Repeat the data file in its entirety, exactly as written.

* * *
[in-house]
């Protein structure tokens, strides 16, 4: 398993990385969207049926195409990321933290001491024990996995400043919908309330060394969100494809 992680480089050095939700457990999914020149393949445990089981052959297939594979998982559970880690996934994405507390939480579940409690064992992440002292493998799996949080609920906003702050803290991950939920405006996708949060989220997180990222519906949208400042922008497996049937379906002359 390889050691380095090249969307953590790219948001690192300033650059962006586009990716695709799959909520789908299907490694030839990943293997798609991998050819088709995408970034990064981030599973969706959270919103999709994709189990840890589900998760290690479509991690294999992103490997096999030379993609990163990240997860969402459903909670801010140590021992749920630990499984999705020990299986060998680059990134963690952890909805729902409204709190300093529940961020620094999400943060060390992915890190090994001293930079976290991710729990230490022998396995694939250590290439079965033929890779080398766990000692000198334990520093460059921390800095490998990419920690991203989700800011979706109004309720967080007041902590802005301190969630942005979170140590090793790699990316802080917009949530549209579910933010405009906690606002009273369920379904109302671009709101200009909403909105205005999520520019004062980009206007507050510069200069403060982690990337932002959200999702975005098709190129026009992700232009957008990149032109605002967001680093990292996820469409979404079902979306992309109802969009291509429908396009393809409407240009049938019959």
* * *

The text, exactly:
[in-house]
């Protein structure tokens, strides 16, 4: 398993990385969207049926195409990321933290001491024990996995400043919908309330060394969100494809 992680480089050095939700457990999914020149393949445990089981052959297939594979998982559970880690996934994405507390939480579940409690064992992440002292493998799996949080609920906003702050803290991950939920405006996708949060989220997180990222519906949208400042922008497996049937379906002359 390889050691380095090249969307953590790219948001690192300033650059962006586009990716695709799959909520789908299907490694030839990943293997798609991998050819088709995408970034990064981030599973969706959270919103999709994709189990840890589900998760290690479509991690294999992103490997096999030379993609990163990240997860969402459903909670801010140590021992749920630990499984999705020990299986060998680059990134963690952890909805729902409204709190300093529940961020620094999400943060060390992915890190090994001293930079976290991710729990230490022998396995694939250590290439079965033929890779080398766990000692000198334990520093460059921390800095490998990419920690991203989700800011979706109004309720967080007041902590802005301190969630942005979170140590090793790699990316802080917009949530549209579910933010405009906690606002009273369920379904109302671009709101200009909403909105205005999520520019004062980009206007507050510069200069403060982690990337932002959200999702975005098709190129026009992700232009957008990149032109605002967001680093990292996820469409979404079902979306992309109802969009291509429908396009393809409407240009049938019959």